Reviewer's Rating

Harley Granville-Barker is nowadays not a well-known name at all, and yet a century ago he dominated the London theatre scene. He was the lead actor in many of Shaw’s premieres, directed the Royal Court through its first golden creative era, promoted many women playwrights, and pioneered stripped-down, text-focused, emotionally truthful productions of Shakespeare. He lobbied hard for a National Theatre, wrote prefaces to Shakespeare’s plays that are still packed with insight, and left us six plays, three of which – The Voysey Inheritance, The Madras House and Waste – have major claims on our attention. Yet his work is rarely revived, so this lavish but well judged production is both timely and welcome.

Waste was written in 1907 but refused permission for performance, ostensibly because of its daring treatment of the theme of abortion, but more likely because of its unsparing exposure of the true practice of contemporary politics behind closed doors. This lucid production by Roger Michell takes the best of the original and a rewritten version from the 1920s and sets it in period costume and setting but with stylized minimalist interiors – arcs and sliding panels – of the kind that Barker favoured in his own productions. In Hildegard Bechtler’s fine design we move seamlessly from a country house weekend, to a London town house, and to a Westminster committee room, with the plush aesthetic of Eltham Palace never far away.

Henry Trebell (Charles Edwards) is an idealistic independent politician devoted to the cause of secular education, which he seeks to pursue through disestablishing the Church of England. He is co-opted by elements of the Tory Party as a useful pioneer to carry this reform through Parliament in the wake of a General Election victory. However, his brief relationship with Amy O’Connell (Olivia Williams) derails these plans, when O’Connell becomes pregnant and dies in a back-street abortion. Can her husband be persuaded to keep quiet? And even if so, can Trebell’s career and the reform measure survive? Letters, papers and a large waste paper basket dominate symbolically in many of the scenes, and the ‘waste’ of the title extends broadly to the loss of Amy’s life, to Trebell’s own downfall, to the political fall-out, and to the way in which large measures and reforms can be brought down by apparently tiny and insignificant flaws and slips.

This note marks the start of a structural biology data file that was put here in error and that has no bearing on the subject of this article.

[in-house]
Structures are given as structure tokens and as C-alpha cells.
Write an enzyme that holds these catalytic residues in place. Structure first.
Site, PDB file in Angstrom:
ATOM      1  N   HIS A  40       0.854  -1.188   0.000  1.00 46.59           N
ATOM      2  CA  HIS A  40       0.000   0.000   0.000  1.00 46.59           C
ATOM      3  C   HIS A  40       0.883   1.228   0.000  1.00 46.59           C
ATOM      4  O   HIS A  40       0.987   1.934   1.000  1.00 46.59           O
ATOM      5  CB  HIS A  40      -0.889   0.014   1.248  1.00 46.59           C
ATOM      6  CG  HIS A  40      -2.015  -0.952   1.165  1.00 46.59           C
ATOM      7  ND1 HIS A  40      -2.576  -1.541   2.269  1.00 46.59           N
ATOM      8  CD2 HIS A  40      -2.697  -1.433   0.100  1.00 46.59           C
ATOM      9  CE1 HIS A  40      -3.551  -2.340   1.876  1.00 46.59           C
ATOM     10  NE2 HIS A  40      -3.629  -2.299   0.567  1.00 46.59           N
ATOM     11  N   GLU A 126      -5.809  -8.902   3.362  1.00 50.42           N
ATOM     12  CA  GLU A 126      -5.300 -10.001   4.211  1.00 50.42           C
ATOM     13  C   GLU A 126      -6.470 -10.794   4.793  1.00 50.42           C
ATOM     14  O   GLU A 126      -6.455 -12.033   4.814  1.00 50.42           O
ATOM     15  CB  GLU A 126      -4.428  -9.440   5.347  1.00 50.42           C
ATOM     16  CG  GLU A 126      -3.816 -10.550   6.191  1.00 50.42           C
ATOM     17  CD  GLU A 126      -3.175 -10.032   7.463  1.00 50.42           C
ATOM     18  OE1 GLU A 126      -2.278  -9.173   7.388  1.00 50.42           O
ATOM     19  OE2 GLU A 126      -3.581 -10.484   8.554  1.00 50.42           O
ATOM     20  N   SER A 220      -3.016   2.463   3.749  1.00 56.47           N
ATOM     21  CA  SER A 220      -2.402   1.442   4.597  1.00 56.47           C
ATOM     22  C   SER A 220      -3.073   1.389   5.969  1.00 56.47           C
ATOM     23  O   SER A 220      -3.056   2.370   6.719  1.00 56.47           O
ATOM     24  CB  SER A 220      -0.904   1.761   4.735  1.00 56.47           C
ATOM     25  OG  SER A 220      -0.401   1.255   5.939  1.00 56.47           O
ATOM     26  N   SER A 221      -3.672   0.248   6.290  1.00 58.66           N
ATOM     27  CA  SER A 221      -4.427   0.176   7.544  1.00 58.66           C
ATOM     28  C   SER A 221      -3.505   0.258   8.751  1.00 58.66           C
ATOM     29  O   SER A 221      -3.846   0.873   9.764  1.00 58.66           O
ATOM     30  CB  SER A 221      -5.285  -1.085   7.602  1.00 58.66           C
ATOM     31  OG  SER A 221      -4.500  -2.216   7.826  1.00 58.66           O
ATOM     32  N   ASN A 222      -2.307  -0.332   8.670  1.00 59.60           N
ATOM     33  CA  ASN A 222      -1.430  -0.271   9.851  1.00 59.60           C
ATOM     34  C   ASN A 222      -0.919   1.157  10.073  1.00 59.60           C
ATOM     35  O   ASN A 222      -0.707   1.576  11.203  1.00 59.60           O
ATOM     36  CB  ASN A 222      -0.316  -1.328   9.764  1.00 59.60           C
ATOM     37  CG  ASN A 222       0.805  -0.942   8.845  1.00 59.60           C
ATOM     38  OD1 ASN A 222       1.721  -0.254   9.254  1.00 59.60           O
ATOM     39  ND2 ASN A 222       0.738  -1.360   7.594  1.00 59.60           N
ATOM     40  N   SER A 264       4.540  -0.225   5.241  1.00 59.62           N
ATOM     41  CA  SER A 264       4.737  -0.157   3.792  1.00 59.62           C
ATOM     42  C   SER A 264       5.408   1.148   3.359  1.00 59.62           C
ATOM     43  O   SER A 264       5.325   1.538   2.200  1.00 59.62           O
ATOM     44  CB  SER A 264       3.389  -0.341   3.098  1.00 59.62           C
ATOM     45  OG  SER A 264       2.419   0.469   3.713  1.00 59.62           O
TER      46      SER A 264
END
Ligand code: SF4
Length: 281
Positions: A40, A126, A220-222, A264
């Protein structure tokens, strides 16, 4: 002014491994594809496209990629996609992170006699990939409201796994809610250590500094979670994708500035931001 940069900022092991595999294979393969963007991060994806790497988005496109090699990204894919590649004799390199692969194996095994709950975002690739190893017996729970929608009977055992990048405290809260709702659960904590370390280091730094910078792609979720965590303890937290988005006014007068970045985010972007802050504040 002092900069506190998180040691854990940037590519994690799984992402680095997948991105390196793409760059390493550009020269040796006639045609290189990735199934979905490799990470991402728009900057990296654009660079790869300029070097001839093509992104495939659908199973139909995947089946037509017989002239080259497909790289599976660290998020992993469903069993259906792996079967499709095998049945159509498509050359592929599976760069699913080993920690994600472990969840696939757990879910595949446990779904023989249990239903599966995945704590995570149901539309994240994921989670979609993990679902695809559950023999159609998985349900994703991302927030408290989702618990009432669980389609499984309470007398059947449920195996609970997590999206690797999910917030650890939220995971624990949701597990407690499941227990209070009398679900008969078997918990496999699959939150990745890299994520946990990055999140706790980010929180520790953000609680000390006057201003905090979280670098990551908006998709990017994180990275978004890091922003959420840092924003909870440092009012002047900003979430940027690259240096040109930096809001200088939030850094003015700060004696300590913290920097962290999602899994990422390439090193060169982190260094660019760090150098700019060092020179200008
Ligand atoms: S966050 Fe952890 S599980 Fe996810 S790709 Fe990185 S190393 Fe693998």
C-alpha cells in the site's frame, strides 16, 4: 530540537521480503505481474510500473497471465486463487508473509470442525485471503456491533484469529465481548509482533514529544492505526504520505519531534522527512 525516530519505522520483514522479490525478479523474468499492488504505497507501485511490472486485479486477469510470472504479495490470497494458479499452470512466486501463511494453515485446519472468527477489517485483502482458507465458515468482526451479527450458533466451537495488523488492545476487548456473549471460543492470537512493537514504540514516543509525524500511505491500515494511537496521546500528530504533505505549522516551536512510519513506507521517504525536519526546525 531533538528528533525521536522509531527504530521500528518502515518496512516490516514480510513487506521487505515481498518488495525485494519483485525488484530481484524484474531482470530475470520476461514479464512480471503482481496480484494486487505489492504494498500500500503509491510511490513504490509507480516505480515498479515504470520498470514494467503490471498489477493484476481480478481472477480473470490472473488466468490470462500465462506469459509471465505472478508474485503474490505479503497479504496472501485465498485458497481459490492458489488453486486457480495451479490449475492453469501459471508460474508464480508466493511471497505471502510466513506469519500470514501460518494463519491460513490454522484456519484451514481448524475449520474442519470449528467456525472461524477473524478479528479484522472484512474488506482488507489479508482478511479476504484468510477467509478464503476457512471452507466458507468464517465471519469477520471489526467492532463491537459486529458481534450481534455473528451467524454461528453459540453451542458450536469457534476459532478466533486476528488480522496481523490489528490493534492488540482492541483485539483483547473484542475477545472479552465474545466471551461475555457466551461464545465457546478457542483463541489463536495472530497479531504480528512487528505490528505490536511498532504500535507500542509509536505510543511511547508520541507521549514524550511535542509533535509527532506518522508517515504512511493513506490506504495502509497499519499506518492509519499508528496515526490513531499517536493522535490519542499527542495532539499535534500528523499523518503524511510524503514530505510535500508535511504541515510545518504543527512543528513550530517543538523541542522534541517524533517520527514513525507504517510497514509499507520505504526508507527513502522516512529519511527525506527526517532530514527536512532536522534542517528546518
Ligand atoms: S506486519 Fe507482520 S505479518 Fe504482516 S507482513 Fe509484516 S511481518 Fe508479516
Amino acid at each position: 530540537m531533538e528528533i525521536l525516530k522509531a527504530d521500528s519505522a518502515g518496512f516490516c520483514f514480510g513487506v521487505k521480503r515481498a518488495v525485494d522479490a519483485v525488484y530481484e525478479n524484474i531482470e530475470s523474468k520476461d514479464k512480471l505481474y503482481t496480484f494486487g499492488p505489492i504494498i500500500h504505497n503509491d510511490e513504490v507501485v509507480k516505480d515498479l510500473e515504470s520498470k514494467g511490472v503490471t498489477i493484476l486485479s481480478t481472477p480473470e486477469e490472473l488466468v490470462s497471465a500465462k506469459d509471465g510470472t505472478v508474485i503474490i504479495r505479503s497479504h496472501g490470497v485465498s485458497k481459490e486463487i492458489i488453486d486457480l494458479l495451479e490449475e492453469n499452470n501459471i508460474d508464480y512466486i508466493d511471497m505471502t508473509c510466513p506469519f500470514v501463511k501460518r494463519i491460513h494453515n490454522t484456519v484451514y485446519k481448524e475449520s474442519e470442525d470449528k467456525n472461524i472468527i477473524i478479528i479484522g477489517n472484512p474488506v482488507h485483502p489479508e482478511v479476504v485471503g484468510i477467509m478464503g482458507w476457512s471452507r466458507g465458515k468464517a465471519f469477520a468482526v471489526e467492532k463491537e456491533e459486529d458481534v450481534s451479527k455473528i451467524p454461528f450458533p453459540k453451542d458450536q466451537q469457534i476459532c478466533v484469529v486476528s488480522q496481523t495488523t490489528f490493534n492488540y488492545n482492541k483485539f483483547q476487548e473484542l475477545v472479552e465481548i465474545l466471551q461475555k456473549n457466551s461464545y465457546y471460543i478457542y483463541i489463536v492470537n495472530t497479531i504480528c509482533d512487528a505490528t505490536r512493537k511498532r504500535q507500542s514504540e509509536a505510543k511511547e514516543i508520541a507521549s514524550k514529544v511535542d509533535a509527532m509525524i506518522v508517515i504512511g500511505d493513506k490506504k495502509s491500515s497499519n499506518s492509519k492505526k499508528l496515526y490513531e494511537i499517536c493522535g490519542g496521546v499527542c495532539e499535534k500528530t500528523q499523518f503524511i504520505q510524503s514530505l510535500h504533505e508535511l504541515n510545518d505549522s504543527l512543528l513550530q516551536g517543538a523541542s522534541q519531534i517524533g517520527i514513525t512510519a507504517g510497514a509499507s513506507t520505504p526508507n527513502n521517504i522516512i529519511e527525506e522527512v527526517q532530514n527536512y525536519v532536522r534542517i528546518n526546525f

The greatest strength of this play is its understanding of politics, which makes House of Cards seem crude by comparison. The third act in which the prime minister (Michael Elwyn) delicately balances all the contending forces in his cabinet, neutralizes the threat from the aggrieved husband and reasserts role of pragmatism over the world of ideas is a masterly – if depressing – piece of writing, and played with finely modulated pace by the talented cast. Rather like a Wagner opera, each act is rewarding on its own terms, but seems over-long when placed end to end. To my mind the final act in particular, with the denouement flagged up long in advance, would benefit from cuts.

The standard of acting is uniformly high, as are the production values, most especially Rick Fisher’s painterly, shifting lighting design and John Leonard’s creepily distorted Chopin soundtrack, which creates a sense of unease from the outset. Charles Edwards plays the lead role heroically full-on, but with plenty of flecks of humour, and Olivia Williams makes the most of the fragile yet defiant Amy. The scene in which she asserts a woman’s right to choose is remarkable for its time. Among the politicians Gerrard McArthur stands out in his studied combination of world-weary disdain for the present and unfashionable yet suave defence of traditional principle.